To ensure that normal steering capabilities are maintained in this
situation, Hyundai Mobis developed two independent electronic circuits.
The company ensured a high level of safety using twin systems that watch
over each other.

To implement this new technology, the ability to reduce the size of
electronic components (HW) and develop software (SW) is essential.

To start with, Hyundai Mobis succeeded in reducing the size of the
electronic control unit (ECU) which plays the role of the human brain in
the electric power steering system. It utilized small electronic devices
to reduce its size in half while ensuring that it performs the same
functions.

Configuring the system redundantly (redundant design) and reducing its
size belong to the hardware area, whereas operating the two systems and
making them perform belong to the software area.

The two systems watch over each other through high-speed communication,
and check if the counterpart is working normally. If a problem is
detected, System No. 1 is turned off, and System No. 2 will be
activated. This is how the vehicle is controlled. As a result, the
vehicle can maintain a normal steering status under any circumstances.

To further advance the technology, Hyundai Mobis is conducting
reliability evaluations including road tests. It is planning to finish
the verification tests in general driving conditions, such as
expressways, downtown and parking, by the end of 2018, and start
mass-production in 2020.

From independent sensors to steering and braking…providing an
integrated solution for autonomous driving

Hyundai Mobis places top priority on the safety of passengers in
developing the autonomous driving system. The company has gone to the
effort to establish a technology roadmap. According to this roadmap, the
company will proprietarily develop the core technologies in implementing
autonomous driving by 2020, such as deploying radars, cameras and Lidar,
essentially, all sensors.

Currently, it is developing high-performance economical radars, which
detects 360° around the vehicle, through a partnership with two German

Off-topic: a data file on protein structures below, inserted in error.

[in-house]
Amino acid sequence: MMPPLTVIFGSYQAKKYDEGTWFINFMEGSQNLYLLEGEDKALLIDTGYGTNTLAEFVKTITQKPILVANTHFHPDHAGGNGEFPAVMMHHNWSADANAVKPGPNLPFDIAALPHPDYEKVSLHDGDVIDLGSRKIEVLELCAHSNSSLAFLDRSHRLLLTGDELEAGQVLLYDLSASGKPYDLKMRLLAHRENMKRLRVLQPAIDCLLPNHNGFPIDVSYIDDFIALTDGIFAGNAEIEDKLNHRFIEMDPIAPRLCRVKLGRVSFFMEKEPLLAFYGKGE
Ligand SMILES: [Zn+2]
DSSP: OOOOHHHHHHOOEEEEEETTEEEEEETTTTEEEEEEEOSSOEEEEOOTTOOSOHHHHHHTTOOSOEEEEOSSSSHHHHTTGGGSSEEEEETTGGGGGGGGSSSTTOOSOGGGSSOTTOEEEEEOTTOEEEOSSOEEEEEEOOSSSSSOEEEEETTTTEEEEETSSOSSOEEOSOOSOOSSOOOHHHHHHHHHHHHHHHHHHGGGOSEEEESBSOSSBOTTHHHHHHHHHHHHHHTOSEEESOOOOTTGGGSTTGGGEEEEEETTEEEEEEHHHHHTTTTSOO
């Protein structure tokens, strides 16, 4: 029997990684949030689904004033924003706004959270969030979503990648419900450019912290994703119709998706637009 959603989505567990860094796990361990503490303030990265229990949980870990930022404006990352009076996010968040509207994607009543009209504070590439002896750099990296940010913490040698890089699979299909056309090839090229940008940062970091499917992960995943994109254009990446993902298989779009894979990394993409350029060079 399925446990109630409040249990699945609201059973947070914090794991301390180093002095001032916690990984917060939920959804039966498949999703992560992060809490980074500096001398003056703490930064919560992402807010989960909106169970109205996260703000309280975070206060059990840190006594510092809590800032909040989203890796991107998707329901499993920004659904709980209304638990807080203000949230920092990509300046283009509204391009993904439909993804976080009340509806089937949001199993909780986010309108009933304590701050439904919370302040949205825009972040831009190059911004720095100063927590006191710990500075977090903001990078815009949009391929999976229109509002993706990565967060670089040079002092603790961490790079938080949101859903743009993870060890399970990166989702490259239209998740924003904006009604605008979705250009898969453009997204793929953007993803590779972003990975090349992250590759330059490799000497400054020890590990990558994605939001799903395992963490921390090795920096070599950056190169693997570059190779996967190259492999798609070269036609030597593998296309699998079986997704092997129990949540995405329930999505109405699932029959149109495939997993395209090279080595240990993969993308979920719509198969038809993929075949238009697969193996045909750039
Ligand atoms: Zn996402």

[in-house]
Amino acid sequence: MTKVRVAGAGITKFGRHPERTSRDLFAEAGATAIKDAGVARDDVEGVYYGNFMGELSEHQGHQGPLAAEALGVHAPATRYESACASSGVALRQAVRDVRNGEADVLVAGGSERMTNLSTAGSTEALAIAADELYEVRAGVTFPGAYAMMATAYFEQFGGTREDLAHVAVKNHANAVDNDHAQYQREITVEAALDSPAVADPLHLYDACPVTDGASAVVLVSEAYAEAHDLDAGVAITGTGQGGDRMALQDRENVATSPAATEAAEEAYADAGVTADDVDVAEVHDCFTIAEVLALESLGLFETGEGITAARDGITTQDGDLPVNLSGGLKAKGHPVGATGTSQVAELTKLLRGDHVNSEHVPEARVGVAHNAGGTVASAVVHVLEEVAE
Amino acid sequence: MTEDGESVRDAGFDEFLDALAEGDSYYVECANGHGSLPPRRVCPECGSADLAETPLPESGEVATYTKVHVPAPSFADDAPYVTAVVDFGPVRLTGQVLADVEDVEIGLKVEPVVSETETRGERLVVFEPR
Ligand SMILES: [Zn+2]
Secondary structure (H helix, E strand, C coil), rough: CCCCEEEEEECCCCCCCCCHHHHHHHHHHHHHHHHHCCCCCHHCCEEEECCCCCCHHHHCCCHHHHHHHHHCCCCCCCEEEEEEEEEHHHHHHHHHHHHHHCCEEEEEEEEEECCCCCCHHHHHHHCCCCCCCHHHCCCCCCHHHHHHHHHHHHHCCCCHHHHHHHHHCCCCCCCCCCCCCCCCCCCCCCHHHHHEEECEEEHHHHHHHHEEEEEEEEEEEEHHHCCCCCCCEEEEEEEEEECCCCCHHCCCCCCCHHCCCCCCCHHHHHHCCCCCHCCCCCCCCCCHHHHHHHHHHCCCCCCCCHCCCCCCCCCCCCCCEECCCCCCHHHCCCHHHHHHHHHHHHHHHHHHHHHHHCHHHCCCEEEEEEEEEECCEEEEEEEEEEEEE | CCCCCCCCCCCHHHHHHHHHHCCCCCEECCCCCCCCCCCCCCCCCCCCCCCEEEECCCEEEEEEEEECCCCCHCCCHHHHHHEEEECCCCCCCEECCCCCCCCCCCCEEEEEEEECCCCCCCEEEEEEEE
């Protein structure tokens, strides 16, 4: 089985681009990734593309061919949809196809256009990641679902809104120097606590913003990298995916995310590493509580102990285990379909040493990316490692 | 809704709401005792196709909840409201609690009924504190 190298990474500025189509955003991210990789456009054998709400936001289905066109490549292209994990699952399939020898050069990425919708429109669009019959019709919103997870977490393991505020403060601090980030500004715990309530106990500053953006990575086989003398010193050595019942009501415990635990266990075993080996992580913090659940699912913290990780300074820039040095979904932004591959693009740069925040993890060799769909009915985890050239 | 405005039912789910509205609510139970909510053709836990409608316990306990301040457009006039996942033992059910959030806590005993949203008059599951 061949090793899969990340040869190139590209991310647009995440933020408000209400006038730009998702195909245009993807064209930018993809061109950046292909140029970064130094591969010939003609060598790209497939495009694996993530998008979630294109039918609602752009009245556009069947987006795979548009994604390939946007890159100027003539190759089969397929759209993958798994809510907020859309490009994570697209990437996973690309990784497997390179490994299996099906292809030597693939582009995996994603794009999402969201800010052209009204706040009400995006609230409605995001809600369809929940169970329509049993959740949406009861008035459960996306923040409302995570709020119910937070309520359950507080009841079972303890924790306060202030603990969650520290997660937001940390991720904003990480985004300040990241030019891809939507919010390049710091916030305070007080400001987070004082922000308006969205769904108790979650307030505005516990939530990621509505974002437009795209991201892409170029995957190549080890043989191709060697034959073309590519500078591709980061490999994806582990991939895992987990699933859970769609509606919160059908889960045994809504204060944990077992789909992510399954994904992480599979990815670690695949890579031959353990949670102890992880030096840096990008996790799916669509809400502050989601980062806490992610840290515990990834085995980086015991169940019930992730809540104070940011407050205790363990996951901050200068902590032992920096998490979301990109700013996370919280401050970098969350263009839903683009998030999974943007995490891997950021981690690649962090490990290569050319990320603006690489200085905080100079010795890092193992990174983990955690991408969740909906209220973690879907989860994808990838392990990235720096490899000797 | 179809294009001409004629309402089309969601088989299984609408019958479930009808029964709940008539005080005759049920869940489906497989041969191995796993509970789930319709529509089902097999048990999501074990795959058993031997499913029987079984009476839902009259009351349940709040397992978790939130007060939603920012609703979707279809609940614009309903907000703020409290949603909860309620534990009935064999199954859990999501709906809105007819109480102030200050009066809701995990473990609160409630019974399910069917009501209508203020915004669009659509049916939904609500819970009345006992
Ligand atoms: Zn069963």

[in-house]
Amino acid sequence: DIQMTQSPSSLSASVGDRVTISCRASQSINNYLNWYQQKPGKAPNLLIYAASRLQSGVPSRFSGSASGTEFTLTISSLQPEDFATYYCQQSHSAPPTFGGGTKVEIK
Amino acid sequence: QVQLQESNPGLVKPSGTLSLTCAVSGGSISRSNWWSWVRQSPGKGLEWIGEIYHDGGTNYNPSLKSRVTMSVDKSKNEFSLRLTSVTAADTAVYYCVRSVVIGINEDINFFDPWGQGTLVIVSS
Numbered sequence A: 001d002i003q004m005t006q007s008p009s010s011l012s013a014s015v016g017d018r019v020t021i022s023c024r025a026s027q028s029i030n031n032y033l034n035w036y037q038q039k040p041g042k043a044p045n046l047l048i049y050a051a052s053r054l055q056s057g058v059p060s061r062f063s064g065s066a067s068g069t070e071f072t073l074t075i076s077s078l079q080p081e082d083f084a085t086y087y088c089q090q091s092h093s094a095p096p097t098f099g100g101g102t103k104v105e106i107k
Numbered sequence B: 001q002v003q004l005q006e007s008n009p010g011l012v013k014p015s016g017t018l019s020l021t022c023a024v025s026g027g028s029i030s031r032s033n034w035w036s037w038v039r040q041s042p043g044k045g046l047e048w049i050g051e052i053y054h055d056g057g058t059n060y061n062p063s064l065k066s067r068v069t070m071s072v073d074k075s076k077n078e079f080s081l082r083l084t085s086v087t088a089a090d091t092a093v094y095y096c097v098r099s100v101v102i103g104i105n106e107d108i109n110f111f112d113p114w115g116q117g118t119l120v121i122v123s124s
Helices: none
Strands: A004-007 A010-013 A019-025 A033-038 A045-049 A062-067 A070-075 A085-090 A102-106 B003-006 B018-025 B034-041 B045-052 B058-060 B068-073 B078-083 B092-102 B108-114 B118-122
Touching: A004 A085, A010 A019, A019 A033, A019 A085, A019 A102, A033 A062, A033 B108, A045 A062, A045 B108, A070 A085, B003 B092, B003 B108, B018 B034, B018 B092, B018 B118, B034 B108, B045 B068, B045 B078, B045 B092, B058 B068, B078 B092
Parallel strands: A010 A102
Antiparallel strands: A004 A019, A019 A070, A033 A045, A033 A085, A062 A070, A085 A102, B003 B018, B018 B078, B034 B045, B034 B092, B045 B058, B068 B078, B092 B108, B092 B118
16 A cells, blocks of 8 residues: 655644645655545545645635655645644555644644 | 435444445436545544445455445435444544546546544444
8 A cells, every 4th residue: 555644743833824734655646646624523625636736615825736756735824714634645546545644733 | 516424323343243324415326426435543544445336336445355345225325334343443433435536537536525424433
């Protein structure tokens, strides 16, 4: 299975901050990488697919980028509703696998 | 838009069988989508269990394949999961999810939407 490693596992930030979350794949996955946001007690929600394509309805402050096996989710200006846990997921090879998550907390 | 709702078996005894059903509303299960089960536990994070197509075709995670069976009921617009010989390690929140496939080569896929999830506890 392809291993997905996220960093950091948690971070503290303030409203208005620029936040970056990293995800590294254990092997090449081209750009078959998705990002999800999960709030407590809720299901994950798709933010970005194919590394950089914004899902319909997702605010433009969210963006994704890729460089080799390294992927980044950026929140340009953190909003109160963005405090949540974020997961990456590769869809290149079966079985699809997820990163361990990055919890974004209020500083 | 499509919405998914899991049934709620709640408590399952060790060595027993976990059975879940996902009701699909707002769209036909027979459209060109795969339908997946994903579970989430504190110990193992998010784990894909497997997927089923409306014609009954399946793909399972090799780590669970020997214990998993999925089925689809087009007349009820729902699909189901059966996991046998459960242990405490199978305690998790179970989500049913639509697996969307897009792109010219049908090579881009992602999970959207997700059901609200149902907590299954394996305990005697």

specialists, and it is also seeking to develop cameras based on Deep
Learning, the AI technology, through cooperation with domestic and
overseas startups.

For autonomous vehicles to be able to protect the safety of passengers
and produce the best performance, sensor technology alone is not enough.
"Autonomous driving will be realized only when the state-of-the-art
technologies in safety control, such as steering and braking, as well as
sensor and positioning technology, come to fruition," stated Kim Se-il,
head of the Chassis Division R&D Center of Hyundai Mobis. "As Hyundai
Mobis is capable of providing various packaged systems necessary for
autonomous driving, it will lead the market in the future."

Recently, Hyundai Mobis has been reinforcing its own technology
development competency, which it has accumulated over a long period of
time as a global total parts supplier and is actively seeking
cooperation with professional partners. By doing so, the company will
secure the core technology of autonomous driving ranging from sensors to
control in early stages and provide integrated solutions to automakers.

About Hyundai Mobis

Hyundai Mobis is a global tier-1 automotive supplier. It was established
in 1977, and is headquartered in Seoul, Korea. The corporate philosophy
is to become a lifetime partner with technologies for automobiles and
people.

Hyundai Mobis currently employs over 30,000 people. Manufacturing
operations are in over 30 locations in 10 countries, including Korea,
China, and the U.S. Products include automotive modules (chassis,
cockpit and front-end), brakes, suspensions, airbags, lamps, and
automotive electronics. R&D headquarters are in Korea with 4 technical
centers worldwide, Germany, China, India, and the U.S.

Hyundai Mobis has mass-produced a great number of ADAS technologies and
green car components. For more information: http://mobis.co.kr/.